Authentication

Handling of private information


Message integrity

Digital signatures and non-repudiation


Access to timely information

E-Commerce: Challenges Trusting Others


Trusting the medium
Am I connected to the correct web site? Is the right person using the other computer? Did the appropriate party send the last email? Did the last message get there in time, correctly?

E-Commerce: Solutions Trusting Others


Public-Key Infrastructure (PKI)
Distribute key pairs to all interested entities

Certify public keys in a trusted fashion


The Certificate Authority

Secure protocols between entities Digital Signatures, trusted records and non-repudiation

E-Commerce: Challenges Security Threats


Authentication problems
Impersonation attacks

Privacy problems
Hacking and similar attacks

Integrity problems
Repudiation problems

Secure Protocols
How to communicate securely:
SSL the web security protocols IPSEC the IP layer security protocol SMIME the email security protocol SET credit card transaction security protocol Others

Secure Sockets Layer (SSL)


Platform and Application Independent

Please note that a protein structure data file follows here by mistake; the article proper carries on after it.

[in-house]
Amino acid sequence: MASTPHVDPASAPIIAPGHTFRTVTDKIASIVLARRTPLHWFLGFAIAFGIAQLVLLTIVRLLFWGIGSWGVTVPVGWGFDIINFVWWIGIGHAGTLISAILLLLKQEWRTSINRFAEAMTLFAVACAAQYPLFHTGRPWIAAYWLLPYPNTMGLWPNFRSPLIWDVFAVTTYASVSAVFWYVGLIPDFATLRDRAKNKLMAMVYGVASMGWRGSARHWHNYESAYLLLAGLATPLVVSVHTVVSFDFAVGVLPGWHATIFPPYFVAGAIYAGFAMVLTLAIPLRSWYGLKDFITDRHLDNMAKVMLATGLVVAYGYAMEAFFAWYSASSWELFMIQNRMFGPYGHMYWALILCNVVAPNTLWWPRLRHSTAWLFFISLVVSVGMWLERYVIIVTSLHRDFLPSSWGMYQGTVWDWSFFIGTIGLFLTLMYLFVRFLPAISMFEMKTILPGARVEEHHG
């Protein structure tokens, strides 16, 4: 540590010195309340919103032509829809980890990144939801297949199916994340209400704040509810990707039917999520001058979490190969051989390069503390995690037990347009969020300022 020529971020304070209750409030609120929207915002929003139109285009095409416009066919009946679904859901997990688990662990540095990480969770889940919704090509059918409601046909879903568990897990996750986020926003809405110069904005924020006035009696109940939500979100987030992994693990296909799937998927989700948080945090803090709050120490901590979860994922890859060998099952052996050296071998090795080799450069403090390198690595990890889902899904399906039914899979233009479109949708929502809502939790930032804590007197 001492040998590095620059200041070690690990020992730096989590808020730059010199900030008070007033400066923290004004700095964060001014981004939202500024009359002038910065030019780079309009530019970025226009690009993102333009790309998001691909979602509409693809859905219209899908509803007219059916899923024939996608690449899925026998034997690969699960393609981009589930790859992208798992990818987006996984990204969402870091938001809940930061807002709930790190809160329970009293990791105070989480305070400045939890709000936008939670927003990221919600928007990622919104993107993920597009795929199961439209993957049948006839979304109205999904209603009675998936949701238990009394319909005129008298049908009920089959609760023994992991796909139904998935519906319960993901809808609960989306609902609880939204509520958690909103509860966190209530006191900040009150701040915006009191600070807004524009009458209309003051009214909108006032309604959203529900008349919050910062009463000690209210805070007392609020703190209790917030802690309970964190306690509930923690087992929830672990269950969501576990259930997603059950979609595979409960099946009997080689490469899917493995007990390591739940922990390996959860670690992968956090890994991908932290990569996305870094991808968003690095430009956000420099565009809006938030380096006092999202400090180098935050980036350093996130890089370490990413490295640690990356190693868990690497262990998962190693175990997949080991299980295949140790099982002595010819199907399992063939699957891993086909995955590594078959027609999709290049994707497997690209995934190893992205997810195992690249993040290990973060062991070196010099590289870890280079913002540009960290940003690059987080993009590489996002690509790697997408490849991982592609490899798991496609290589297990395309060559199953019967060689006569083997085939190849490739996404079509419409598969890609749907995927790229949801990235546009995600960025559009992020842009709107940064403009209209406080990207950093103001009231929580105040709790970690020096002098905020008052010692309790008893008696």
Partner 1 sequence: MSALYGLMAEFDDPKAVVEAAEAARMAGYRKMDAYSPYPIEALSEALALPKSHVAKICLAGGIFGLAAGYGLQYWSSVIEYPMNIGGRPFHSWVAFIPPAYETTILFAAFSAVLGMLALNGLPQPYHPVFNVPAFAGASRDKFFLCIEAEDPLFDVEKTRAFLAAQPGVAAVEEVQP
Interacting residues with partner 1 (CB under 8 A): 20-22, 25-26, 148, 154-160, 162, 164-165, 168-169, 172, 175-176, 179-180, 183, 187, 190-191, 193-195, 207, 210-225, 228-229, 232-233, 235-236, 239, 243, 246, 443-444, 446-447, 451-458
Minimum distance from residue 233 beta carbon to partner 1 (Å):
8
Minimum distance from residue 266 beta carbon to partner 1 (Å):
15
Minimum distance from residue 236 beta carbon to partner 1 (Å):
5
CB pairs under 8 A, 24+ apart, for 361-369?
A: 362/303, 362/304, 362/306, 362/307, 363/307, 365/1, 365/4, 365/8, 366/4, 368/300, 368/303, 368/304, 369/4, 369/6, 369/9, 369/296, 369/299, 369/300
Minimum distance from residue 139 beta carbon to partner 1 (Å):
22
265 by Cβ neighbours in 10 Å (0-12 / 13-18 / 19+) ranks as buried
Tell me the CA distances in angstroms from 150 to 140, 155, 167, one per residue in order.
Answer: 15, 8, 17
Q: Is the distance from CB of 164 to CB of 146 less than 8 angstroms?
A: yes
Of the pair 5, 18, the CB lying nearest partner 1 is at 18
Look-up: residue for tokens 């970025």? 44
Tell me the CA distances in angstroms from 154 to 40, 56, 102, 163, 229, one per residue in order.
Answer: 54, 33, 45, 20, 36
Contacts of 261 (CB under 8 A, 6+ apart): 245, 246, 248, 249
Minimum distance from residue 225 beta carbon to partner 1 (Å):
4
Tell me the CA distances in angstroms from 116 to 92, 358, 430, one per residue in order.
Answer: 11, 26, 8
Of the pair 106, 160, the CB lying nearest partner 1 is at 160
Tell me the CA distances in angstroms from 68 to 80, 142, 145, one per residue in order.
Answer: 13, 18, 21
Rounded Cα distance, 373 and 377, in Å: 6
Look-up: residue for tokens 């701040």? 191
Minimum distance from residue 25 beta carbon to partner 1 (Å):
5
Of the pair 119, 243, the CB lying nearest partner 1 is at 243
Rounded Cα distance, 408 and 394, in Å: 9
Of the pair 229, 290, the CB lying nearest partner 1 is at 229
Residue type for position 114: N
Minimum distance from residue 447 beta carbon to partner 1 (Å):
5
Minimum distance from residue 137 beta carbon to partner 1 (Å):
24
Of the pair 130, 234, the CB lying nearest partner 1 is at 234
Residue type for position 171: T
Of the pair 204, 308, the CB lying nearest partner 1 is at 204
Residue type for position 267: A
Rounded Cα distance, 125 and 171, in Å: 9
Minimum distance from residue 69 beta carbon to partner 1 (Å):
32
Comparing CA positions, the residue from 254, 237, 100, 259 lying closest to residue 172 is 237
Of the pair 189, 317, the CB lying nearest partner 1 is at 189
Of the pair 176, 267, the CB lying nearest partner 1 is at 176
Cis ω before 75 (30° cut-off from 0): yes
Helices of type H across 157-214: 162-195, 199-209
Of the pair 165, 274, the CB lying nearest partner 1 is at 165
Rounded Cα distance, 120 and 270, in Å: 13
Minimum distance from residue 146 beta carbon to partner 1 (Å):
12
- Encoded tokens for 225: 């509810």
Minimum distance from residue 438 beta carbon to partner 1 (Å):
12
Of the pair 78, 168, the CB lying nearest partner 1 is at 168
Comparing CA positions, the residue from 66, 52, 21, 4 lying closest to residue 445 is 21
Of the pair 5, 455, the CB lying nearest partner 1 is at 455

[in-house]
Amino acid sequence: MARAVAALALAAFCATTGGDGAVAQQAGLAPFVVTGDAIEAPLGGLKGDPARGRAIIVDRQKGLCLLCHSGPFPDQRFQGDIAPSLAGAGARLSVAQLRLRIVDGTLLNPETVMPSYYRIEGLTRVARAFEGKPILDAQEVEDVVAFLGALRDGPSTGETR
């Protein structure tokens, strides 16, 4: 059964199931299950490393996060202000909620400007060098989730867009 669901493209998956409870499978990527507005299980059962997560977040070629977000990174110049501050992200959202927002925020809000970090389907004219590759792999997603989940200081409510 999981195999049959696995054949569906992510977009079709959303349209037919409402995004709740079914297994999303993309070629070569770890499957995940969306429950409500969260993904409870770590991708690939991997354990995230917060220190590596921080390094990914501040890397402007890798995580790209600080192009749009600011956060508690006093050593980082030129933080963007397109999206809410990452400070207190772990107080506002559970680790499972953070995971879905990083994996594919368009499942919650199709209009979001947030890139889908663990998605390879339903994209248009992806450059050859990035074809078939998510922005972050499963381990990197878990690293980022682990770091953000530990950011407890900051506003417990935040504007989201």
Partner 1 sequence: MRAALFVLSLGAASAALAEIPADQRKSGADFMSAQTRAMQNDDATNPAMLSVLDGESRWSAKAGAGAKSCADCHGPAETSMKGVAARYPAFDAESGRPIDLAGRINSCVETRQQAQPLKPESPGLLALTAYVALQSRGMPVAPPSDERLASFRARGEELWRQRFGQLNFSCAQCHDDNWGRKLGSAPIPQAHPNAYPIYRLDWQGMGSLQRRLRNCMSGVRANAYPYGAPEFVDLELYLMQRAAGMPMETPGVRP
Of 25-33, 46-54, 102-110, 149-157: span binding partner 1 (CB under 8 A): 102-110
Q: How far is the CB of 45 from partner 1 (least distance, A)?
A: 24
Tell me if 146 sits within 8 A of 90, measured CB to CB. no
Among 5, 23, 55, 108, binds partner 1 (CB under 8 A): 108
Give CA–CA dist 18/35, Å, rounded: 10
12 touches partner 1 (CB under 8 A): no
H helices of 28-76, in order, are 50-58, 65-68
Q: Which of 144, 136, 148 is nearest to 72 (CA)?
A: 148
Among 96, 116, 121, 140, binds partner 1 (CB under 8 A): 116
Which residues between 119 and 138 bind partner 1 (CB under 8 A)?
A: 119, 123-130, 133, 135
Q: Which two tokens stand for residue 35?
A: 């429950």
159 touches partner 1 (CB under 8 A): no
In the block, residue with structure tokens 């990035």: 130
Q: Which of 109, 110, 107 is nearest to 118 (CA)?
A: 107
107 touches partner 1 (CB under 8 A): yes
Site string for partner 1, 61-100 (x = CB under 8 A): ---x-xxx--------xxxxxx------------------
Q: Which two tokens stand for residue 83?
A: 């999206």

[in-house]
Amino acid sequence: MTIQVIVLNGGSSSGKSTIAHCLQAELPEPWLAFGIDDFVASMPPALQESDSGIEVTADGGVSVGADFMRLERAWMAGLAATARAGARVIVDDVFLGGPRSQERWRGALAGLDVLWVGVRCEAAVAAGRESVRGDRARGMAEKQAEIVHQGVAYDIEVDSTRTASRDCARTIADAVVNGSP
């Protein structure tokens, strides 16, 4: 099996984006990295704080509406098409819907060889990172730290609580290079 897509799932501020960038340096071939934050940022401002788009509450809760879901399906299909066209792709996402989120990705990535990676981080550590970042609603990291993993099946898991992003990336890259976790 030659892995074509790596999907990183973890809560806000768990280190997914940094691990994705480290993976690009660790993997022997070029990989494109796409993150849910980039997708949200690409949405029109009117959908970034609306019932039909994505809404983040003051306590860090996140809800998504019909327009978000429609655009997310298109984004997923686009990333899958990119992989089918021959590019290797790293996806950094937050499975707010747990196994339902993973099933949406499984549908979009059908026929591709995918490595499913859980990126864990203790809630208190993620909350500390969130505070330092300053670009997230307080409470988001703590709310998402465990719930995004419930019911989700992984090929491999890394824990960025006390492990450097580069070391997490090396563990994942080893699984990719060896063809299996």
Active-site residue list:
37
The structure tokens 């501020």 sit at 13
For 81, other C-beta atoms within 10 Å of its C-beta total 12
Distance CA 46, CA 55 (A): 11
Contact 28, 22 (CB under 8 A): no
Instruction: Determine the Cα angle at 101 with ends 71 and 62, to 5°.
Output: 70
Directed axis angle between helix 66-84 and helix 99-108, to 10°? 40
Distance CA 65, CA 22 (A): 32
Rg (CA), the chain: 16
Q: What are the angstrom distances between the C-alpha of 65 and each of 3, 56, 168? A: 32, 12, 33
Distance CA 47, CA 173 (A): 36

Operates between application and transport layers Web Applications
HTTP NNTP FTP Telnet Etc. Future Apps

SSL
TCP/IP

Secure Sockets Layer (SSL)


Negotiates and employs essential functions
for secure transactions
Mutual Authentication
Data Encryption

Data Integrity

As simple and transparent as possible

SSL 3.0 Layers


Record Layer
Fragmentation, Compression, Message Authentication (MAC), Encryption

Alert Layer
close errors, message sequence errors, bad MACs, certificate errors

Why did SSL Succeed


Simple solution with many applications ebusiness and e-commerce
No change in operating systems or network stacks very low overhead for deployment Focuses on the weak link the open wire, not trying to do everything to everyone Solution to authentication, privacy and integrity problems and avoiding classes of attacks